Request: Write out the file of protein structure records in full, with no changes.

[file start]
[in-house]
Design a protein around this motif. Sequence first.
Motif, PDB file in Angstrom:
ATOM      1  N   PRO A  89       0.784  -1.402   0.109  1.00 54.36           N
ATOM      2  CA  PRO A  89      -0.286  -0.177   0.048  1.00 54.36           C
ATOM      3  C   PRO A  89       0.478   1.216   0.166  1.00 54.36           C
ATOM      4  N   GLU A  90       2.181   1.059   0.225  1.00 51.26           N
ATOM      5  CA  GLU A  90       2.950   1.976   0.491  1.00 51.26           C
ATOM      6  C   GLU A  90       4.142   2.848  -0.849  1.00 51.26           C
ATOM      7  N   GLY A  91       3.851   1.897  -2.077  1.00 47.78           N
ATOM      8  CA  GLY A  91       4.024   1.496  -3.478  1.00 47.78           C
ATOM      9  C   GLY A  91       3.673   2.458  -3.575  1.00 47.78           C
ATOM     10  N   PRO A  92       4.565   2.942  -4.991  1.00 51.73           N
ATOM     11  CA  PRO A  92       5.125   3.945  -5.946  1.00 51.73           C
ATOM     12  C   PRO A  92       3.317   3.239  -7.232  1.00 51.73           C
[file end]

[in-house]
Design a protein around this motif. Sequence first.
Motif, PDB file in Angstrom:
ATOM      1  N   PRO A  89       0.784  -1.402   0.109  1.00 54.36           N
ATOM      2  CA  PRO A  89      -0.286  -0.177   0.048  1.00 54.36           C
ATOM      3  C   PRO A  89       0.478   1.216   0.166  1.00 54.36           C
ATOM      4  N   GLU A  90       2.181   1.059   0.225  1.00 51.26           N
ATOM      5  CA  GLU A  90       2.950   1.976   0.491  1.00 51.26           C
ATOM      6  C   GLU A  90       4.142   2.848  -0.849  1.00 51.26           C
ATOM      7  N   GLY A  91       3.851   1.897  -2.077  1.00 47.78           N
ATOM      8  CA  GLY A  91       4.024   1.496  -3.478  1.00 47.78           C
ATOM      9  C   GLY A  91       3.673   2.458  -3.575  1.00 47.78           C
ATOM     10  N   PRO A  92       4.565   2.942  -4.991  1.00 51.73           N
ATOM     11  CA  PRO A  92       5.125   3.945  -5.946  1.00 51.73           C
ATOM     12  C   PRO A  92       3.317   3.239  -7.232  1.00 51.73           C